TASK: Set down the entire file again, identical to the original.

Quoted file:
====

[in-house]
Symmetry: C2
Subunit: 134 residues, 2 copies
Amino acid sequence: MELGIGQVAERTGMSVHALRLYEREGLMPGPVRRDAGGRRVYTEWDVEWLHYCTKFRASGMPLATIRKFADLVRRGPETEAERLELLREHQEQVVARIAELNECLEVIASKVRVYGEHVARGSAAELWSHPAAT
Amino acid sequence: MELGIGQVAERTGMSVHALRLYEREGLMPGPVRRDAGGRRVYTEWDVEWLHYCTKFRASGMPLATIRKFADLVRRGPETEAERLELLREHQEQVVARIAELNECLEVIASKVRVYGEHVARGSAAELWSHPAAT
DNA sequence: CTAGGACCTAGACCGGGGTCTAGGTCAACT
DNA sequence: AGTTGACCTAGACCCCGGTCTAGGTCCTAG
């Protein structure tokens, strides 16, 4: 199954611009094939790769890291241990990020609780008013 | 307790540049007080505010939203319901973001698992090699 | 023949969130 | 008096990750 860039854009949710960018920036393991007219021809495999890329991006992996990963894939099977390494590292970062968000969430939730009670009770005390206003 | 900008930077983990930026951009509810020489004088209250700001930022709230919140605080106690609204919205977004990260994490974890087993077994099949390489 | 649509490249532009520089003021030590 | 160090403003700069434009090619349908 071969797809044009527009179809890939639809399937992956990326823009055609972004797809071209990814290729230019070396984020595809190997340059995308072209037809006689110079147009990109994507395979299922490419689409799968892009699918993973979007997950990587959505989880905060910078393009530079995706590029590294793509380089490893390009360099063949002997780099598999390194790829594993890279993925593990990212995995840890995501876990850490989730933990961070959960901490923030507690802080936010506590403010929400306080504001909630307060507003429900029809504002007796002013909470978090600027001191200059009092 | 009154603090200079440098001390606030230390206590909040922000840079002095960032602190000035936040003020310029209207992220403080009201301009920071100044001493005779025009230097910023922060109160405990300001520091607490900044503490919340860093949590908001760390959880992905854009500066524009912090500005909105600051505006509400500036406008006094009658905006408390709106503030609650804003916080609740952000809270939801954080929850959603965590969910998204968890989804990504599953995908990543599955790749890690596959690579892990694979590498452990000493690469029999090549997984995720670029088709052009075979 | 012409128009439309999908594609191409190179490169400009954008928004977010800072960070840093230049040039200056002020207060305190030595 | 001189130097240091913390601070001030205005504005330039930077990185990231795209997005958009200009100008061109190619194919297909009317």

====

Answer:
[in-house]
Symmetry: C2
Subunit: 134 residues, 2 copies
Amino acid sequence: MELGIGQVAERTGMSVHALRLYEREGLMPGPVRRDAGGRRVYTEWDVEWLHYCTKFRASGMPLATIRKFADLVRRGPETEAERLELLREHQEQVVARIAELNECLEVIASKVRVYGEHVARGSAAELWSHPAAT
Amino acid sequence: MELGIGQVAERTGMSVHALRLYEREGLMPGPVRRDAGGRRVYTEWDVEWLHYCTKFRASGMPLATIRKFADLVRRGPETEAERLELLREHQEQVVARIAELNECLEVIASKVRVYGEHVARGSAAELWSHPAAT
DNA sequence: CTAGGACCTAGACCGGGGTCTAGGTCAACT
DNA sequence: AGTTGACCTAGACCCCGGTCTAGGTCCTAG
């Protein structure tokens, strides 16, 4: 199954611009094939790769890291241990990020609780008013 | 307790540049007080505010939203319901973001698992090699 | 023949969130 | 008096990750 860039854009949710960018920036393991007219021809495999890329991006992996990963894939099977390494590292970062968000969430939730009670009770005390206003 | 900008930077983990930026951009509810020489004088209250700001930022709230919140605080106690609204919205977004990260994490974890087993077994099949390489 | 649509490249532009520089003021030590 | 160090403003700069434009090619349908 071969797809044009527009179809890939639809399937992956990326823009055609972004797809071209990814290729230019070396984020595809190997340059995308072209037809006689110079147009990109994507395979299922490419689409799968892009699918993973979007997950990587959505989880905060910078393009530079995706590029590294793509380089490893390009360099063949002997780099598999390194790829594993890279993925593990990212995995840890995501876990850490989730933990961070959960901490923030507690802080936010506590403010929400306080504001909630307060507003429900029809504002007796002013909470978090600027001191200059009092 | 009154603090200079440098001390606030230390206590909040922000840079002095960032602190000035936040003020310029209207992220403080009201301009920071100044001493005779025009230097910023922060109160405990300001520091607490900044503490919340860093949590908001760390959880992905854009500066524009912090500005909105600051505006509400500036406008006094009658905006408390709106503030609650804003916080609740952000809270939801954080929850959603965590969910998204968890989804990504599953995908990543599955790749890690596959690579892990694979590498452990000493690469029999090549997984995720670029088709052009075979 | 012409128009439309999908594609191409190179490169400009954008928004977010800072960070840093230049040039200056002020207060305190030595 | 001189130097240091913390601070001030205005504005330039930077990185990231795209997005958009200009100008061109190619194919297909009317």